Japan to ask China to pay for damaged patrol vessels

The Chinese trawler moored in Ishigaki, southern Japan, on 8 September 2010 The Chinese trawler was seized after the collision in the East China Sea

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Japan will ask China to pay for damage to two patrol vessels caused by a collision with a Chinese trawler in disputed waters, Tokyo has said.

"We will be asking for the boats to be returned to their original condition," government spokesman Yoshito Sengoku said at a news conference.

The collision earlier this month led to the worst diplomatic crisis between the two neighbouring countries in years.

The trawler captain, held by Japan for two weeks, was freed on Friday.

Chief Cabinet Secretary Yoshito Sengoku said it was now China's turn to decide whether it wanted to mend bilateral ties.

"At this point, the ball is now in China's court," he said.

Detentions

The collisions happened near disputed islands in the East China Sea, known as the Senkaku islands in Japan and the Diaoyu islands in China.

Japan said it believed the Chinese trawler had deliberately rammed the Japanese vessels.

Ongoing disputes

  • Gas fields: The countries argue over gas exploration rights in the East China Sea
  • Disputed islands: Both countries claim ownership of Senkaku/Diaoyu islands
  • Yasukuni Shrine: Memorial to Japan's war dead which China sees as glorifying war criminals

Tokyo has turned down China's demand for a formal apology, insisting it has handled the case strictly in accordance with its own laws.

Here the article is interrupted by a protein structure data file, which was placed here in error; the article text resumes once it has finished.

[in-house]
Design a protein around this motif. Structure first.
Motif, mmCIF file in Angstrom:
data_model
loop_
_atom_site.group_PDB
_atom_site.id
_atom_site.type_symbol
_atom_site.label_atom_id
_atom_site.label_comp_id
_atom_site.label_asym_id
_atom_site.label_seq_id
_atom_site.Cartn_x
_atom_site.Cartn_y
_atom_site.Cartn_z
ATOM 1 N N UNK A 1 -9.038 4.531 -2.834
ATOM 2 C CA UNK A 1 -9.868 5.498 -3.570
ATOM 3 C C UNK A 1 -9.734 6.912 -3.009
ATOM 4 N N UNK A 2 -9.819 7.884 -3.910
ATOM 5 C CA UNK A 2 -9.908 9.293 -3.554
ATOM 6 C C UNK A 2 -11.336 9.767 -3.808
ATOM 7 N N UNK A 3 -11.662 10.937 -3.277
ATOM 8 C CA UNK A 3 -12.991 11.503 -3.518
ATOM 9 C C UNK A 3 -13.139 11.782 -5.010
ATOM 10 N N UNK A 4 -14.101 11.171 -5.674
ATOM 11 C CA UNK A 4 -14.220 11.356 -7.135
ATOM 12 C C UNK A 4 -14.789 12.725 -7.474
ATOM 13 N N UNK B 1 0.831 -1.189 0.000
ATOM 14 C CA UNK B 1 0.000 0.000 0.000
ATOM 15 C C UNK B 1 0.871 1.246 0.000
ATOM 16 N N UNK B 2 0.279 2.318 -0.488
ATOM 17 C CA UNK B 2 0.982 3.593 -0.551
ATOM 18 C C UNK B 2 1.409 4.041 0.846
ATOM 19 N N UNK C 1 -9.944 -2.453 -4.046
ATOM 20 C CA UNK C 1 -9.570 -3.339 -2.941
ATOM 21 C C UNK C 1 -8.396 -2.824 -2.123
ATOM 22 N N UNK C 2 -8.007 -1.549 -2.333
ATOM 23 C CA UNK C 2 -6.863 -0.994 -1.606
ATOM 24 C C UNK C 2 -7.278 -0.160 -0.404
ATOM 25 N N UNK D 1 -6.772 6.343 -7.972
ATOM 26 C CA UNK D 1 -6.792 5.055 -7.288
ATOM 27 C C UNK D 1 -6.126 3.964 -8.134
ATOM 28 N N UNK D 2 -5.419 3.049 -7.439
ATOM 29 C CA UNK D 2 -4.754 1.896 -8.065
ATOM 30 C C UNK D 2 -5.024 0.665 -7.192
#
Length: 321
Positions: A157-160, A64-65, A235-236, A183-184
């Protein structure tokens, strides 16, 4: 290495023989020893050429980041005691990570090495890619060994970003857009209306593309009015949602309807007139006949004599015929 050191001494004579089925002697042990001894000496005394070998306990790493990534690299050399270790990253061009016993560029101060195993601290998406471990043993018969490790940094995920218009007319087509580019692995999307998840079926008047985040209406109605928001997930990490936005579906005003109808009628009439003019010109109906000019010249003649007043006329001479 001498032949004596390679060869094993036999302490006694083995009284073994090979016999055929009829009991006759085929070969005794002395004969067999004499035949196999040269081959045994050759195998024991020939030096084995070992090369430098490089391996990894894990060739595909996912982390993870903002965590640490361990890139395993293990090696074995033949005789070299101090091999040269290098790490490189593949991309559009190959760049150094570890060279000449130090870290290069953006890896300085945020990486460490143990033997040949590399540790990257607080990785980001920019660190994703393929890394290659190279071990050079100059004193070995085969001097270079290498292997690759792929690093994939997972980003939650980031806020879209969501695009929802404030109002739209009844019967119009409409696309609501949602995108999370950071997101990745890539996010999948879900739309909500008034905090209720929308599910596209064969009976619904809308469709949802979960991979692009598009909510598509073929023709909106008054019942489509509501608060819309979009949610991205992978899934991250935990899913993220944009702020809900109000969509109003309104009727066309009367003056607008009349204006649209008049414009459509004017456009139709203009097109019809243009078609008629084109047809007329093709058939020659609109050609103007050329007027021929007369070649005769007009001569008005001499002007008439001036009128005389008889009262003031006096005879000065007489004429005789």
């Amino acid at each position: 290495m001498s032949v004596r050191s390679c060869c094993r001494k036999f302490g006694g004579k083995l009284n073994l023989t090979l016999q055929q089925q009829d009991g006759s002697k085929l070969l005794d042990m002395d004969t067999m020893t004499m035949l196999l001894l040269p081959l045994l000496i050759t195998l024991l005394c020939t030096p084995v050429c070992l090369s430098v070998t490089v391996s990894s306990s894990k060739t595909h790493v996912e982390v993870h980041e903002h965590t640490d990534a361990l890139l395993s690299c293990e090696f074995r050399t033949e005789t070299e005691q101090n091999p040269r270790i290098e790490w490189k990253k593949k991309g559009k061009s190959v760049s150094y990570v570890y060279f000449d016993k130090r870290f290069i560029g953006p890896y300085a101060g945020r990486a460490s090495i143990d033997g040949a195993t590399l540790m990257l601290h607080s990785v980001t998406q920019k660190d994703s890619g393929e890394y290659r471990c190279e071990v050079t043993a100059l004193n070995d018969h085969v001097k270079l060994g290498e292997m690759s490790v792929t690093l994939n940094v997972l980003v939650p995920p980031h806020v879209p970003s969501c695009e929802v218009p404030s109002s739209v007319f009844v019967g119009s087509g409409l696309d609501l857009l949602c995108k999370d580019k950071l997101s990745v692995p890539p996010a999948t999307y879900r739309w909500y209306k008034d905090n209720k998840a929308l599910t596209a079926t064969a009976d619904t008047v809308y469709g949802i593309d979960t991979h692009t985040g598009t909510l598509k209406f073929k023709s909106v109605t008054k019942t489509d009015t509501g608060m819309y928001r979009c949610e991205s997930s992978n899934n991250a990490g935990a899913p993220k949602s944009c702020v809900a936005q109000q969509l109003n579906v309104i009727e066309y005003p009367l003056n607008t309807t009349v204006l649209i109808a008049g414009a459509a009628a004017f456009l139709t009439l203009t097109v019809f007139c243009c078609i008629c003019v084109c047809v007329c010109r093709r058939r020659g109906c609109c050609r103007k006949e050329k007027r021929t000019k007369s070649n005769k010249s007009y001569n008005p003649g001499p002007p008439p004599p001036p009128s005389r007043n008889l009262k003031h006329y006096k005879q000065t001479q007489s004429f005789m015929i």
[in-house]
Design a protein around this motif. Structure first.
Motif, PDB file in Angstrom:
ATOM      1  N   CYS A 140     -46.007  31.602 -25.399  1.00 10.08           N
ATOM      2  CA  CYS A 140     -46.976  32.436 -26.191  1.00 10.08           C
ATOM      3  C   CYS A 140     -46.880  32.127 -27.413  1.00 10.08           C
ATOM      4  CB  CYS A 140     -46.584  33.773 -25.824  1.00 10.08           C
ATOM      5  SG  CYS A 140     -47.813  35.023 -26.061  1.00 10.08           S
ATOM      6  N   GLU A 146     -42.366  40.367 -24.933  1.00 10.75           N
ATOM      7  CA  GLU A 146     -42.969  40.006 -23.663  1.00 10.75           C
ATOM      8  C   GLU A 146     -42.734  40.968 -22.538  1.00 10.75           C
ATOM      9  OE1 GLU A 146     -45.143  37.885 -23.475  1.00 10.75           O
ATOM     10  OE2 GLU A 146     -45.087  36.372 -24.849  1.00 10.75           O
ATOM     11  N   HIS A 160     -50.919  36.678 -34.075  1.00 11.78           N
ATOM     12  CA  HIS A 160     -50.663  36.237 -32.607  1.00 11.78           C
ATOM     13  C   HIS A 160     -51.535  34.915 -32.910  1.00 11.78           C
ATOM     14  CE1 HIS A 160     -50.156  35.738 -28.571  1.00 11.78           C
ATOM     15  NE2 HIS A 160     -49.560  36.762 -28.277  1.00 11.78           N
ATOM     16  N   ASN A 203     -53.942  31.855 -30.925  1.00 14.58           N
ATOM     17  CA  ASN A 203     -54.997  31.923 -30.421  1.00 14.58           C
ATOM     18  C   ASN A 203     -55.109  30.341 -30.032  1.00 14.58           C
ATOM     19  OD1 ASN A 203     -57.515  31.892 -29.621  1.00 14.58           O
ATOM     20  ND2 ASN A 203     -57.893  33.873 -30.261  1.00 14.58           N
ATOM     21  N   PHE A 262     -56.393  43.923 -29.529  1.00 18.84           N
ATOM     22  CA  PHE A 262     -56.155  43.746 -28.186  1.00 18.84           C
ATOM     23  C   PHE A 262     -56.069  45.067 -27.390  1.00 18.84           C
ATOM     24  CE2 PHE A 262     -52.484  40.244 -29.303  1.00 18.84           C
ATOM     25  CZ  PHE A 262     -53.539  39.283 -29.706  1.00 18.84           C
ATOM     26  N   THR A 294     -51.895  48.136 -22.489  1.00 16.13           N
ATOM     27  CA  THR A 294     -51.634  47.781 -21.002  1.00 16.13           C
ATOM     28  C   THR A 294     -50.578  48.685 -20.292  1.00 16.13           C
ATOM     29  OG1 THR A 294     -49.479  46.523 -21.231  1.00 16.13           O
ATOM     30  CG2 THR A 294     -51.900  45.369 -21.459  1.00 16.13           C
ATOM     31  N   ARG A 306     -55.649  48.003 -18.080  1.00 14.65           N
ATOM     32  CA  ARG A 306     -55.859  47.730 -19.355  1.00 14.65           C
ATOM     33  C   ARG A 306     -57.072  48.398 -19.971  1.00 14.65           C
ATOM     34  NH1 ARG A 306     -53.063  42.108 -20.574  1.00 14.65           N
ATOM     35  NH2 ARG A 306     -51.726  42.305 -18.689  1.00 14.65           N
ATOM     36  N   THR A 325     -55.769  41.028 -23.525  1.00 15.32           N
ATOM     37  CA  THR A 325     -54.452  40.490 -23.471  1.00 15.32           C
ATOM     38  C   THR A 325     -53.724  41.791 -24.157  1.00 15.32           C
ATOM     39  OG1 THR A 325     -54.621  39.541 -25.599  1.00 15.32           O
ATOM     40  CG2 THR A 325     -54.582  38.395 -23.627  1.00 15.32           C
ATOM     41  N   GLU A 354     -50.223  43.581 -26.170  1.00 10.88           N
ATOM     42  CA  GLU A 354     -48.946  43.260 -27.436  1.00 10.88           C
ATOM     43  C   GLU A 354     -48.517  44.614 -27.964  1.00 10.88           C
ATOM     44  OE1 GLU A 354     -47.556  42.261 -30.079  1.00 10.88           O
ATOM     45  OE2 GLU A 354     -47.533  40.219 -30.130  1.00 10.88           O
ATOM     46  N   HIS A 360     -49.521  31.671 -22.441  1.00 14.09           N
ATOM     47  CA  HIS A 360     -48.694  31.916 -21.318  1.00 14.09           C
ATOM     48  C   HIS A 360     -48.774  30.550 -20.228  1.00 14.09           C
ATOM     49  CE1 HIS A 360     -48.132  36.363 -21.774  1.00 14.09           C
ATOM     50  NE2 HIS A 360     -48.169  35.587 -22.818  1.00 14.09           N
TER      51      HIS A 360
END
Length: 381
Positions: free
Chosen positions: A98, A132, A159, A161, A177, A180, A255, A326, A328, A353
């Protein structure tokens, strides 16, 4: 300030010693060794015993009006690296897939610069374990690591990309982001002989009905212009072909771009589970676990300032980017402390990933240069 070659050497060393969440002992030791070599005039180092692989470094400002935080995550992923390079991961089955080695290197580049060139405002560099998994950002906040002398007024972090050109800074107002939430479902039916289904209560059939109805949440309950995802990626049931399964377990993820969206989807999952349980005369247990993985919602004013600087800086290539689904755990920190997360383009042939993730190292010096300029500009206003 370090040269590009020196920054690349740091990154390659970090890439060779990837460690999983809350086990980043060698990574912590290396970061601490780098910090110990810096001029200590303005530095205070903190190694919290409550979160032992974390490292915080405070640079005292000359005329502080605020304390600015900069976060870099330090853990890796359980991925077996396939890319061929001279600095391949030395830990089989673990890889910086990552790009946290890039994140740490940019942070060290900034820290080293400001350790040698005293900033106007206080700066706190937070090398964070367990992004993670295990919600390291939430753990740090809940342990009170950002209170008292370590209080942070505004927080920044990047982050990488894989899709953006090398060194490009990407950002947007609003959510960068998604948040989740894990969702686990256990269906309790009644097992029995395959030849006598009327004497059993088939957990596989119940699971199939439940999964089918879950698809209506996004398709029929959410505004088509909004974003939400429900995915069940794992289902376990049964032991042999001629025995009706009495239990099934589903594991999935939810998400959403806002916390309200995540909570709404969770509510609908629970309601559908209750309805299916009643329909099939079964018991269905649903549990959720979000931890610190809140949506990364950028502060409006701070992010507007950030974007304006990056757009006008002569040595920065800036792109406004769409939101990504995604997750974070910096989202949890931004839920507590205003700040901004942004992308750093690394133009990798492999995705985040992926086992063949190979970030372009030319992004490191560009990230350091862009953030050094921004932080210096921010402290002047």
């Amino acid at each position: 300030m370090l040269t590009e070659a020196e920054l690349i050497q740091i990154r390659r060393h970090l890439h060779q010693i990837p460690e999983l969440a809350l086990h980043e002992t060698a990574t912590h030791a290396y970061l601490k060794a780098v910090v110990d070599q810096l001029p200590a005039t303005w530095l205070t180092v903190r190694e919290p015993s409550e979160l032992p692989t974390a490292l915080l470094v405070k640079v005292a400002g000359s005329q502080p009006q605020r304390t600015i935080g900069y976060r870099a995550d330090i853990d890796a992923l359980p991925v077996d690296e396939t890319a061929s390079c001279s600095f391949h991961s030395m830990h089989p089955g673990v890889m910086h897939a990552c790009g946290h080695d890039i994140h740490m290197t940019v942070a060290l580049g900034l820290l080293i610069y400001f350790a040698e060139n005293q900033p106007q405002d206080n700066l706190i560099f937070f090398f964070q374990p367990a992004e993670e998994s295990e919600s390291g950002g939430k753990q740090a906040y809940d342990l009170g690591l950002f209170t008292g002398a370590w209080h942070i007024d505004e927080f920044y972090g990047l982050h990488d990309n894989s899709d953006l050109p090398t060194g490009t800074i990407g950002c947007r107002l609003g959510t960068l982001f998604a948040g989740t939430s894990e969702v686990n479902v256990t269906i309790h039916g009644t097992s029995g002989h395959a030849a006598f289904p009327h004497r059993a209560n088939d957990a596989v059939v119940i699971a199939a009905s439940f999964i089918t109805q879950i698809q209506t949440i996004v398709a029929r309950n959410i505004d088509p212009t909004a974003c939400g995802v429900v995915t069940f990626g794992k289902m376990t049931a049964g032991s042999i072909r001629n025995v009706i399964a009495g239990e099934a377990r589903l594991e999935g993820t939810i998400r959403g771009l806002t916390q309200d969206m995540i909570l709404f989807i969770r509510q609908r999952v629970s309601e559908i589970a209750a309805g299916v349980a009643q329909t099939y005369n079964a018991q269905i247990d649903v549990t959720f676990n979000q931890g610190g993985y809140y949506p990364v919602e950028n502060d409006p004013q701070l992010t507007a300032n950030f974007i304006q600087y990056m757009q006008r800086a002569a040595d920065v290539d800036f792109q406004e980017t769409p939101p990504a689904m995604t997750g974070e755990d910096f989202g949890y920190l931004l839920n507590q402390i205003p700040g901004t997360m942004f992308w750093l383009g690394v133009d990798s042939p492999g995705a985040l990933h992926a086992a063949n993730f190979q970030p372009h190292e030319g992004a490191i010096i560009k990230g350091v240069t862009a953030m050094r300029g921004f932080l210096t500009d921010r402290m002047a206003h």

The BBC's Roland Buerk in Tokyo says Japan's government has been widely criticised at home for the decision to free the captain, which Prime Minister Naoto Kan said was made by prosecutors alone.

Mr Kan said the captain had been released without charge to promote "mutually beneficial" ties with China.

But the rift could be hugely damaging for Japan's economy, as China is the country's biggest trading partner, our correspondent says.

Beijing had cut off ministerial-level contacts between the two countries and thousands of Chinese tourists pulled out of trips to Japan.

Concerts by Japan's top boy band SMAP due to take place in Shanghai were cancelled by the Chinese organisers.

Tensions were further heightened last week when China detained four Japanese men.

The four, who were working for a Japanese construction company, were questioned on suspicion of filming in a military zone.

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